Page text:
Forbidden Broadway: Special Victims Unit | Theater | Pittsburgh | Pittsburgh City Paper

Forbidden Broadway: Special Victims Unit

Forbidden Broadway is back! Pittsburgh CLO, in its cabaret space, recently closed the first, long-running edition of this New York-born spoofing staple, and has now opened a retooled version called Forbidden Broadway: Special Victims Unit. Whatever the title, FB remains a jaundiced look at the Great White Way, with satirical lyrics by creator Gerard Alessandrini put to B'way tunes and poking fun at the outsized egos and ethos of the commercial American musical.

I take a lot of grief from a lot of people because of my love for show tunes, so something like FB is a reward for my cult-like devotion to the craft. But there is a problem, best exemplified by a bit in the first act.

Here the company lampoons last year's Tony-winner The Light in the Piazza. The skit itself is absolutely hysterical, thanks in no small part to Christiana Craig-Dukes and Tom Schaller as the numbingly idiotic young lovers. But as my annoying braying was ringing out through the venue, I did notice that not a whole lot of people were laughing. And not just because the show hasn't yet made it to Pittsburgh; a few of the jokes are based on the fact that Adam Guettel is the grandson of Richard Rodgers.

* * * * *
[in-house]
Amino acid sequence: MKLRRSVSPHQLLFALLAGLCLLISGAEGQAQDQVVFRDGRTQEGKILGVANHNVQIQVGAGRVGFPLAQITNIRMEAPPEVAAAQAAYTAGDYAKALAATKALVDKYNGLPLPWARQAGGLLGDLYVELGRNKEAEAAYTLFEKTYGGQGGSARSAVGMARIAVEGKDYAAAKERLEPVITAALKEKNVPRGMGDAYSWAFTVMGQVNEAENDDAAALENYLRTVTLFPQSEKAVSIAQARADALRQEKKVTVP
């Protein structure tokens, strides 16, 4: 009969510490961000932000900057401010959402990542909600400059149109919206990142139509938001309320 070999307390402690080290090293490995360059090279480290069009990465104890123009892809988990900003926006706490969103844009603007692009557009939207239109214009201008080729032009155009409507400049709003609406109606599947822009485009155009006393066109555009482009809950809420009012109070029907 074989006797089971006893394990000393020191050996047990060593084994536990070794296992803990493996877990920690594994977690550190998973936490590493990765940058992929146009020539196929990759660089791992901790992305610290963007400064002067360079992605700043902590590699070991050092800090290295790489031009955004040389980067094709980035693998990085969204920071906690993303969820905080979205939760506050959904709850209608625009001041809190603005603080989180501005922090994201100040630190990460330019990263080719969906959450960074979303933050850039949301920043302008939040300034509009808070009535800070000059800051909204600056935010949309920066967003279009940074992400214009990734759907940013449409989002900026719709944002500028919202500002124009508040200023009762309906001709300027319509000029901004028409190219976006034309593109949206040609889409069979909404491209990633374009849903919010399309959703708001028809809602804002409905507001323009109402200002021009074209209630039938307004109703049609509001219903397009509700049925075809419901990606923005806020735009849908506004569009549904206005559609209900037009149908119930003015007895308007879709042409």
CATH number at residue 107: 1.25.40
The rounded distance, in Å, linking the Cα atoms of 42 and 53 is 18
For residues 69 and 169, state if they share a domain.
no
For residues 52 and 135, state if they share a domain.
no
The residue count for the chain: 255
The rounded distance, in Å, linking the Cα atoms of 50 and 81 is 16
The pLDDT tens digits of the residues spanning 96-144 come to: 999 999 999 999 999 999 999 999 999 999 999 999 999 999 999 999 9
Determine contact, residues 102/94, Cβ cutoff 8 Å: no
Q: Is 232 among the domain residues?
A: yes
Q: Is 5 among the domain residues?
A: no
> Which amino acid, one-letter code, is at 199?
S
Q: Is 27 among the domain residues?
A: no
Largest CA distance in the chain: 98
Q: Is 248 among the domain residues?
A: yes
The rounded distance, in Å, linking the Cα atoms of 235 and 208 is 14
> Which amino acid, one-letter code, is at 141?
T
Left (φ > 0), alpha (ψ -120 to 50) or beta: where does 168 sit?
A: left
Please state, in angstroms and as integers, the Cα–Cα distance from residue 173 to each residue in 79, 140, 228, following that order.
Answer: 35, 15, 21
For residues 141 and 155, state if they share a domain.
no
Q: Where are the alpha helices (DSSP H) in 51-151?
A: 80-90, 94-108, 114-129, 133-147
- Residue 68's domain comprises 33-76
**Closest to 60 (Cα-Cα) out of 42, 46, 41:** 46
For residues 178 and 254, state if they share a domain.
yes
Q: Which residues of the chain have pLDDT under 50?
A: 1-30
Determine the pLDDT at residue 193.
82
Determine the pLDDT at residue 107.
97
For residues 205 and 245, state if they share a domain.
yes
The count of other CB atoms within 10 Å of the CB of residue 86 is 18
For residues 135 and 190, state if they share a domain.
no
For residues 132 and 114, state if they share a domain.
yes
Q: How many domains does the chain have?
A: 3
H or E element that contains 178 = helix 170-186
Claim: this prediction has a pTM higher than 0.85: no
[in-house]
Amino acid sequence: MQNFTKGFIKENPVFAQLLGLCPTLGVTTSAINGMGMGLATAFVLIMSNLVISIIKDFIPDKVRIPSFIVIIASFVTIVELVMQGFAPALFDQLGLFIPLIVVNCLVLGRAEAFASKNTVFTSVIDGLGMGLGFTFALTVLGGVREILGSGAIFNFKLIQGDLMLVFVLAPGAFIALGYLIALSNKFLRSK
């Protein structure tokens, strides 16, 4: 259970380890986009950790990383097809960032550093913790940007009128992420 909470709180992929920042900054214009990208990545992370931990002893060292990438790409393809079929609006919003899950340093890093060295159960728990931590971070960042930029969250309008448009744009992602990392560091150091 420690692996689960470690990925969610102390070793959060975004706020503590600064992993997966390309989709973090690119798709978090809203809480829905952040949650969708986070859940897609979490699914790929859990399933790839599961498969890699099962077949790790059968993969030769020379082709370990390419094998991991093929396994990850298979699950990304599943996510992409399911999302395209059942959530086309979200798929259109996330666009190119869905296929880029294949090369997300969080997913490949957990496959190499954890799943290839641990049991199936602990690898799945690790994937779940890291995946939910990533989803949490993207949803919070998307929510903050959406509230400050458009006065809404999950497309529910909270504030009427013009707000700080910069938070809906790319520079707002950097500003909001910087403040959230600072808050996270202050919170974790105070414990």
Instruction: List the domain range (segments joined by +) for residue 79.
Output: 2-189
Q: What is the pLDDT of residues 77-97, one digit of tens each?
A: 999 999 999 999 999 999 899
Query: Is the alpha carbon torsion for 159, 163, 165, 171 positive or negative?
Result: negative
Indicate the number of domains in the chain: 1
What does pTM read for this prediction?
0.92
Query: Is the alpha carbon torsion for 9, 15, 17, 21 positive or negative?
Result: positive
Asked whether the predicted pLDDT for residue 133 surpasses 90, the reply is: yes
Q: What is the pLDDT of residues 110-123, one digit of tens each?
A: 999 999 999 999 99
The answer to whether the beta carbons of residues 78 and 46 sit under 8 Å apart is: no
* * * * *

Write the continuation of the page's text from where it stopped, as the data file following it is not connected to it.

And there's the problem. Most of you, I know, are saying: "Who the hell is Adam Guettel?" But an alarmingly large number are also asking: "Who the hell is Richard Rodgers?" (If you wanna know, Google it -- I'm too heartbroken to tell you.)

The issue is addressed somewhat in the second act, when the targets become broader and more user-friendly: Beauty and the Beast, Ethel Merman, Phantom of the Opera, Carol Channing, etc. I have to say that I wasn't that crazy about this section, although Tim Brady's piss-take on Robert Goulet is scathingly entertaining, and Christina Laitta's evisceration of both Liza Minnelli and Barbra Streisand is worth the price of admission. Plus, as a huge bonus, accompanist Deana Muro gets a chance to come from behind her piano in a funny take on the frustrations of rehearsal pianists.

While I love Forbidden Broadway, I can't imagine that Pittsburgh CLO has gone to such great expense to put on a show just for me. But there's no question that I'm grateful just the same.

Forbidden Broadway: Special Victims Unit continues through Feb. 28. Theatre Square Cabaret, 655 Penn Ave., Downtown. 412-456-6666.

click to enlarge Come to the cabaret: Christina Laitta takes apart Liza in Forbidden Broadway.
Come to the cabaret: Christina Laitta takes apart Liza in Forbidden Broadway.

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